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positions: east asia cultures critique 11.1 (2003) 1-9
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Guest Editors' Introduction
In an autobiographical account of his journey to the Far East in 1933, the African American poet Langston Hughes relates the following anecdote:
I reached the international city of Shanghai in July, with the sun beating down on the Bund, the harbor full of Chinese junks, foreign liners and warships from all over the world. It was hot as blazes. I didn't know a soul in the city. But hardly had I climbed into a rickshaw than I saw riding in another along the Bund a Negro who looked exactly like a Harlemite. I stood up in my rickshaw and yelled, "Hey, man!"
He stood up in his rickshaw and yelled, "What ya sayin'?" We passed each other in the crowded street and I never saw him again.1
Our pleasure in such an "unlikely" story rests on the assumption that both Hughes and the Harlemite are somehow out of place here, that their fleeting encounter is no more than an accident or an anomaly, assimilable neither [End Page 1] to our conventional notions of Chinese cultural life in Shanghai nor our standard narratives of African American intellectual, artistic, and political history. Yet what emerges from Hughes's full account of his journey, is a series of clues that helps us to unravel a tangled web of trans-Pacific cultural transaction and political collaboration that might shed new light on both. In Shanghai, Hughes immediately found himself welcomed into a large and vibrant community of African American jazz musicians and entertainers who had made the passage in order to play the cabarets of the "neon-lighted Dragon city of the East"—a city whose people, Hughes remarks, were "much like colored folks at home" in terms of both their temperament and their subjection to colonial color lines.2 He dined with Madame Sun Yat-sen, met with one of the most outstanding Chinese writers and social critics of the twentieth century, Lu Xun, and was feted by and featured in the leading modernist literary journal of the day, Les contemporains [Xiandai].3 Expelled from Japan weeks later because of his leftist sympathies and outspoken opposition to Japanese imperialism in China, Hughes went on to write anticolonial poetry on East Asian themes, such as his celebrated 1937 piece "Roar China!":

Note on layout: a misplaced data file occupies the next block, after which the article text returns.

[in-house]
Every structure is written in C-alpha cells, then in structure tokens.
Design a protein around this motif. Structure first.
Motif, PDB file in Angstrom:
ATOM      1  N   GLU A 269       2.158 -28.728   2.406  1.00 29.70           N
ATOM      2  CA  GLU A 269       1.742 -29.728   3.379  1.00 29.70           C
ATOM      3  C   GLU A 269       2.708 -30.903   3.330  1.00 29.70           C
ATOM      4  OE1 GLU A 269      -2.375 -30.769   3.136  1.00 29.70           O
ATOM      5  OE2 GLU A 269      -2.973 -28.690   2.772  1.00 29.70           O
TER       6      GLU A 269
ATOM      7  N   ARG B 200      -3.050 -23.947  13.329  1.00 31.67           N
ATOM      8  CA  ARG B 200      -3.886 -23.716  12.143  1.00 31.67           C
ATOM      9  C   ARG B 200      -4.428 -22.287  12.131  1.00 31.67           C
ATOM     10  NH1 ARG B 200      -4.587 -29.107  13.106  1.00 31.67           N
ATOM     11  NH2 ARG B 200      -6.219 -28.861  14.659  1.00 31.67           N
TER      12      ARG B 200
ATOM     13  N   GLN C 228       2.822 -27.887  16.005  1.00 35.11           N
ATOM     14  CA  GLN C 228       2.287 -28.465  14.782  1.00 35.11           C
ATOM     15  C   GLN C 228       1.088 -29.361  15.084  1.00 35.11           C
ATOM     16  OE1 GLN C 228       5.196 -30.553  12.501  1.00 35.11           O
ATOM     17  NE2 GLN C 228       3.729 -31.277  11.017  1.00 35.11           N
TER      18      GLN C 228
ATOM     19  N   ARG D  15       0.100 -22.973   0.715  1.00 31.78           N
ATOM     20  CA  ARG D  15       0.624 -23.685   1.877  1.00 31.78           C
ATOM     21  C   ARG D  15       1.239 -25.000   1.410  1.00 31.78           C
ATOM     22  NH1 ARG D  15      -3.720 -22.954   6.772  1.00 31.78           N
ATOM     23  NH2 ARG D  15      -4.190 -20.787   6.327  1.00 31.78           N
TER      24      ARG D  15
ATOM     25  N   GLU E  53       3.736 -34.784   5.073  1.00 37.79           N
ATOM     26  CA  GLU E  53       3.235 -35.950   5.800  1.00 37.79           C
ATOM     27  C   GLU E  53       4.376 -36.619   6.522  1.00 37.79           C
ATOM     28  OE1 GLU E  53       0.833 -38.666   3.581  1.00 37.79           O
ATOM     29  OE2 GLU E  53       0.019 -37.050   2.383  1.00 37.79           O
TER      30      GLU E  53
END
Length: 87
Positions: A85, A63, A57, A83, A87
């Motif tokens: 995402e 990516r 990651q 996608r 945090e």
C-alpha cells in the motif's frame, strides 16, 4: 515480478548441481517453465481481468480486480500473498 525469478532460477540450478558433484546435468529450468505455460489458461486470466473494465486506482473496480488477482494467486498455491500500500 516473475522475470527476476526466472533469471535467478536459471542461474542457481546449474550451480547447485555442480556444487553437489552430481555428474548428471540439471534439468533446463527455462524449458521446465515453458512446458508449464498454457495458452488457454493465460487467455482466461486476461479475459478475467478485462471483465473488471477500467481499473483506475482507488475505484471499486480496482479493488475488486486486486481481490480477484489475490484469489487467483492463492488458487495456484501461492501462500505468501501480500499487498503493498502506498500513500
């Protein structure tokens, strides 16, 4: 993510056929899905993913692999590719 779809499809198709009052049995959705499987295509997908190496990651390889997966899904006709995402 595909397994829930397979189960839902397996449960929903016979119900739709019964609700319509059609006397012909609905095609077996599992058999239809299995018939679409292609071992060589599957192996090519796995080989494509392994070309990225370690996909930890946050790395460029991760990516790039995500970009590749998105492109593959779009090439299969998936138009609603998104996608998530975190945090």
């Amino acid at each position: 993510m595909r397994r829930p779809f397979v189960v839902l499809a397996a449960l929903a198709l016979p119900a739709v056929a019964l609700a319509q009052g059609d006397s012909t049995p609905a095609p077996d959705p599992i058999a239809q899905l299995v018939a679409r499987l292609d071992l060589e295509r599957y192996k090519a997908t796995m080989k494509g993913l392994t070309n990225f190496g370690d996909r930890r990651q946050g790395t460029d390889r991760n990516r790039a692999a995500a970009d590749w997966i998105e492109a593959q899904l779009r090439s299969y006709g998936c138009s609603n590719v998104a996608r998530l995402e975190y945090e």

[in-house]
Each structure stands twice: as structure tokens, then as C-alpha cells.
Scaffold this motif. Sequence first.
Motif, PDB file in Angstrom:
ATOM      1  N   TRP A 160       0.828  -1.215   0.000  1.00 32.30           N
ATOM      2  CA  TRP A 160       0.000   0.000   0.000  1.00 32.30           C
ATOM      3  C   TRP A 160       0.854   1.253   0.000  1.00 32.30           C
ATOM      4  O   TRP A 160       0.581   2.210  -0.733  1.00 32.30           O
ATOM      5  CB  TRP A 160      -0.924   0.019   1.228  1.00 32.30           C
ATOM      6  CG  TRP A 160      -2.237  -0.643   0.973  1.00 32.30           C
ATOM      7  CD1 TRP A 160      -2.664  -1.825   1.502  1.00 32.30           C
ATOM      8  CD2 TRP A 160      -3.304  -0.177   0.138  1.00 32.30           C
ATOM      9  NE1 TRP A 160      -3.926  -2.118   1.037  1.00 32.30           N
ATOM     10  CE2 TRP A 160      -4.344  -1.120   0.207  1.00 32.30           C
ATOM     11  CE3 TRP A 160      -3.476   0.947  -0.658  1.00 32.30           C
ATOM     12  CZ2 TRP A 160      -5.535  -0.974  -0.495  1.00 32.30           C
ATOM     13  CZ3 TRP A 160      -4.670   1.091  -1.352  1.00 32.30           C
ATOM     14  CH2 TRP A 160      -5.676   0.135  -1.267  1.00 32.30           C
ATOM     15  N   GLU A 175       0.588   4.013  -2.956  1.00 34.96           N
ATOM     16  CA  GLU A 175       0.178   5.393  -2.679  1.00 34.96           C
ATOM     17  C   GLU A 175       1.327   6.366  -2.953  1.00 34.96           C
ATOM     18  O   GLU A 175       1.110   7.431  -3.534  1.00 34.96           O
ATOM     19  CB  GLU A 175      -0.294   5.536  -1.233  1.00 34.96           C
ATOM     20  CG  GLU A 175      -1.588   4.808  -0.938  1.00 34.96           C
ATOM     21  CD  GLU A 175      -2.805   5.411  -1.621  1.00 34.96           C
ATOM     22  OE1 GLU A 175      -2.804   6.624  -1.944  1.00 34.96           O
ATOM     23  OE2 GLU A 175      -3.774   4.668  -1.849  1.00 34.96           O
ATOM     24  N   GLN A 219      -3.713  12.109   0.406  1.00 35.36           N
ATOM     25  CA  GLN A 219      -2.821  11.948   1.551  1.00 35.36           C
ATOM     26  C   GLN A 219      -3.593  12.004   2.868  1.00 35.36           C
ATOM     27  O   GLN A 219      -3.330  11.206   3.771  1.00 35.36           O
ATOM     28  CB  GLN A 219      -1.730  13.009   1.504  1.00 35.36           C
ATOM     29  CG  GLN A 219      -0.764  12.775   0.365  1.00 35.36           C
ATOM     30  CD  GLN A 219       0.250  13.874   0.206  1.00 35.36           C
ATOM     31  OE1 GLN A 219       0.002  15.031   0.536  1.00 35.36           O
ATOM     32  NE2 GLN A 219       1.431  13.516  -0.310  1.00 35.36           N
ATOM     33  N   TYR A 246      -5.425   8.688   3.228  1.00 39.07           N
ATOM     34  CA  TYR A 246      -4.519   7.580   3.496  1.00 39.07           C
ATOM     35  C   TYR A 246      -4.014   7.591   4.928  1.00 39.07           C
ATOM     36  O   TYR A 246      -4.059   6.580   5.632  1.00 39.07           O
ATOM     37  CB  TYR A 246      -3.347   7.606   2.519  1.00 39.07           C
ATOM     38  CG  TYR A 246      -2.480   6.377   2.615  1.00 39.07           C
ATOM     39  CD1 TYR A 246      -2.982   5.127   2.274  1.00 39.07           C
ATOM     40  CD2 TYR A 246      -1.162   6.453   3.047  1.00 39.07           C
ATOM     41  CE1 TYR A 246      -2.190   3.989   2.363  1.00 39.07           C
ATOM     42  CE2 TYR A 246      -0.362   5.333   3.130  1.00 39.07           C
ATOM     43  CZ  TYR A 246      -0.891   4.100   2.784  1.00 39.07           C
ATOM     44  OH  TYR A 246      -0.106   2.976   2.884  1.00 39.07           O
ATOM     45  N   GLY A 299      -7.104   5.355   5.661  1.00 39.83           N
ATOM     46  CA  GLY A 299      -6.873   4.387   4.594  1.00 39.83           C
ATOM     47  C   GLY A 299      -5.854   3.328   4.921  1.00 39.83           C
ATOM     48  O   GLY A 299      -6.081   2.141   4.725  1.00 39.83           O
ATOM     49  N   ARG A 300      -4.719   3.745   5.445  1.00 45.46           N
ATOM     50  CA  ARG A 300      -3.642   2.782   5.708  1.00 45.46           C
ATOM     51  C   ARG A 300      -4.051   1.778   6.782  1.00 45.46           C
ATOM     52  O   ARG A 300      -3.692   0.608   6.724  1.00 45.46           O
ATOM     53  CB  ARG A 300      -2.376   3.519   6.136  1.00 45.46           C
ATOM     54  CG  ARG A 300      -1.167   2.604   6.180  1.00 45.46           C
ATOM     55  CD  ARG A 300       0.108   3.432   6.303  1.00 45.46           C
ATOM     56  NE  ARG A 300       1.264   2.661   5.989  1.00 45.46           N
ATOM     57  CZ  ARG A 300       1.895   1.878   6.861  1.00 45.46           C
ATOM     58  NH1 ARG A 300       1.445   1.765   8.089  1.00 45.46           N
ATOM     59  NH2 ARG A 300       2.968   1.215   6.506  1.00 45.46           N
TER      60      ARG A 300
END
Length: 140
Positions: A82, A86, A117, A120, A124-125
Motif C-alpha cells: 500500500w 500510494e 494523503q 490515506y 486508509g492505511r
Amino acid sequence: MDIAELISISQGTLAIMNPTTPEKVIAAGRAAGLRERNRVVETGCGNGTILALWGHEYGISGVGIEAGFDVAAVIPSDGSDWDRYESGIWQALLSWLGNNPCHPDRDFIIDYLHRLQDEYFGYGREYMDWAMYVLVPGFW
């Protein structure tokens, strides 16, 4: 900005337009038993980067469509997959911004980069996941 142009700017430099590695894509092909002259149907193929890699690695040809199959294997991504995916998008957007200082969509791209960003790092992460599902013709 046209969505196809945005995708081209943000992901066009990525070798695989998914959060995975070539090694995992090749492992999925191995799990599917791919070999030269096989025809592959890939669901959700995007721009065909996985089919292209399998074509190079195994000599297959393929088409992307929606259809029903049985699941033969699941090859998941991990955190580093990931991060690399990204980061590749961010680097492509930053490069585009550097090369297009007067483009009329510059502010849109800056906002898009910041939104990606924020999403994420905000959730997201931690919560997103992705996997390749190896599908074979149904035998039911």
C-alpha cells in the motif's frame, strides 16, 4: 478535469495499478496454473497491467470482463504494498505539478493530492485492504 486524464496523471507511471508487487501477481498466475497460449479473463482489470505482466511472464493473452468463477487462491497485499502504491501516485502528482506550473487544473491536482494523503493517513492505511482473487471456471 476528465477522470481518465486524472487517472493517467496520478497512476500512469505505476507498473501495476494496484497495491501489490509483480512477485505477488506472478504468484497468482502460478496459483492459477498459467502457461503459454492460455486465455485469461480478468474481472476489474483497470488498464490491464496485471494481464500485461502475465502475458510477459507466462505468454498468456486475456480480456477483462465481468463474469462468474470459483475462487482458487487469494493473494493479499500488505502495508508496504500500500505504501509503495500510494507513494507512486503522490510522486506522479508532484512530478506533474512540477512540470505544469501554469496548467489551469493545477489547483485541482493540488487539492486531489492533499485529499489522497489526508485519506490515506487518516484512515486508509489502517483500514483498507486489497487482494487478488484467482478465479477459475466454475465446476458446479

Break the chains of the East,
Little coolie boy! Break the chains of the East,
Break the chains of the East,
Child Slaves in the factories!
Smash the iron gates of the Concessions!
Smash the pious doors of the missionary houses!
Smash the revolving doors of the Jim Crow Y.M.C.A.'s
Crush the enemies of land and bread and freedom!
Stand up and roar, China!4
The poem's animating rhetoric of anticolonial and antiracist solidarity across the Pacific may have provided an especially ironic satisfaction for Hughes, for he had once complained that the prospects of black writers in the United States were shadowed by publishers who considered their writing "exotic, in a class with Chinese or East Indian features."5 [End Page 2]
Hughes's anecdote is not so much an anomaly, then, but a cipher for a multitude of unsung and unlikely Afro-Asian connections, a cipher that, in its very indeterminacy, alerts us to the existence of unknown and as yet unsounded historical depths. With this special issue of positions, we ask not only how we might begin the task of charting the history of the Black Pacific traversed by Langston Hughes in the interwar years, but also, as Françoise Vergès suggests in her commentary on the Indian Ocean as a creolized space of Afro-Asian encounter, how we might begin sketching a "new cartography of possibilities" that can break out of the enclosures of neocolonial color lines and the insularity of ethnonationalist identity politics.
Such insularity has long been reinforced by our own practices of knowledge production. The gaps in the historical record that render Hughes's Shanghai encounter so tantalizingly illegible to us today are...